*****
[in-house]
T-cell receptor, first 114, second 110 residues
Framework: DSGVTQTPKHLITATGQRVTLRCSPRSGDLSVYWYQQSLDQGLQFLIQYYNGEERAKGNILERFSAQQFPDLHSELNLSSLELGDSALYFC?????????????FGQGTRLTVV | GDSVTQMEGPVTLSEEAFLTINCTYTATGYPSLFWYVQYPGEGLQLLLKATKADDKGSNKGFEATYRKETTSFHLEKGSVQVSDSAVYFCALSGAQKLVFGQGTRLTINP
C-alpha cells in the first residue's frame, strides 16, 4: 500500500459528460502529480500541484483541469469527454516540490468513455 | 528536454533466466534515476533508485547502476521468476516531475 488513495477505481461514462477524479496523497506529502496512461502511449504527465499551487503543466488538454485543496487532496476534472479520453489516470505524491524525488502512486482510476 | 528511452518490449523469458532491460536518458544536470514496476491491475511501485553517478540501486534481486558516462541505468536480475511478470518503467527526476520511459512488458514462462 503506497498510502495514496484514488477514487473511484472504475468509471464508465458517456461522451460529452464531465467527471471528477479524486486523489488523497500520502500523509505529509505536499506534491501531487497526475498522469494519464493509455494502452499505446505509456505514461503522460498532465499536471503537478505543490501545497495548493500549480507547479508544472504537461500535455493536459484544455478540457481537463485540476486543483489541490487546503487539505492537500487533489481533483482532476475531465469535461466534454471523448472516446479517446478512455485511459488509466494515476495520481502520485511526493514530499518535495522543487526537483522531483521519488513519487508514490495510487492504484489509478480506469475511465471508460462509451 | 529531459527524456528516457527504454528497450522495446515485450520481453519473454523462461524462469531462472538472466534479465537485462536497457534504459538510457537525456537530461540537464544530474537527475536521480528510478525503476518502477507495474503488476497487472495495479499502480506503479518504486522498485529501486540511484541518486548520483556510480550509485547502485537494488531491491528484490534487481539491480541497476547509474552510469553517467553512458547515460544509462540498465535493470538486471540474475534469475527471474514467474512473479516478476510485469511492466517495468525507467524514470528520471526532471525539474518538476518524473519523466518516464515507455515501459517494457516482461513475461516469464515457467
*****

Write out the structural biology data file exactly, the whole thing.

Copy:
[in-house]
T-cell receptor, first 114, second 110 residues
Framework: DSGVTQTPKHLITATGQRVTLRCSPRSGDLSVYWYQQSLDQGLQFLIQYYNGEERAKGNILERFSAQQFPDLHSELNLSSLELGDSALYFC?????????????FGQGTRLTVV | GDSVTQMEGPVTLSEEAFLTINCTYTATGYPSLFWYVQYPGEGLQLLLKATKADDKGSNKGFEATYRKETTSFHLEKGSVQVSDSAVYFCALSGAQKLVFGQGTRLTINP
C-alpha cells in the first residue's frame, strides 16, 4: 500500500459528460502529480500541484483541469469527454516540490468513455 | 528536454533466466534515476533508485547502476521468476516531475 488513495477505481461514462477524479496523497506529502496512461502511449504527465499551487503543466488538454485543496487532496476534472479520453489516470505524491524525488502512486482510476 | 528511452518490449523469458532491460536518458544536470514496476491491475511501485553517478540501486534481486558516462541505468536480475511478470518503467527526476520511459512488458514462462 503506497498510502495514496484514488477514487473511484472504475468509471464508465458517456461522451460529452464531465467527471471528477479524486486523489488523497500520502500523509505529509505536499506534491501531487497526475498522469494519464493509455494502452499505446505509456505514461503522460498532465499536471503537478505543490501545497495548493500549480507547479508544472504537461500535455493536459484544455478540457481537463485540476486543483489541490487546503487539505492537500487533489481533483482532476475531465469535461466534454471523448472516446479517446478512455485511459488509466494515476495520481502520485511526493514530499518535495522543487526537483522531483521519488513519487508514490495510487492504484489509478480506469475511465471508460462509451 | 529531459527524456528516457527504454528497450522495446515485450520481453519473454523462461524462469531462472538472466534479465537485462536497457534504459538510457537525456537530461540537464544530474537527475536521480528510478525503476518502477507495474503488476497487472495495479499502480506503479518504486522498485529501486540511484541518486548520483556510480550509485547502485537494488531491491528484490534487481539491480541497476547509474552510469553517467553512458547515460544509462540498465535493470538486471540474475534469475527471474514467474512473479516478476510485469511492466517495468525507467524514470528520471526532471525539474518538476518524473519523466518516464515507455515501459517494457516482461513475461516469464515457467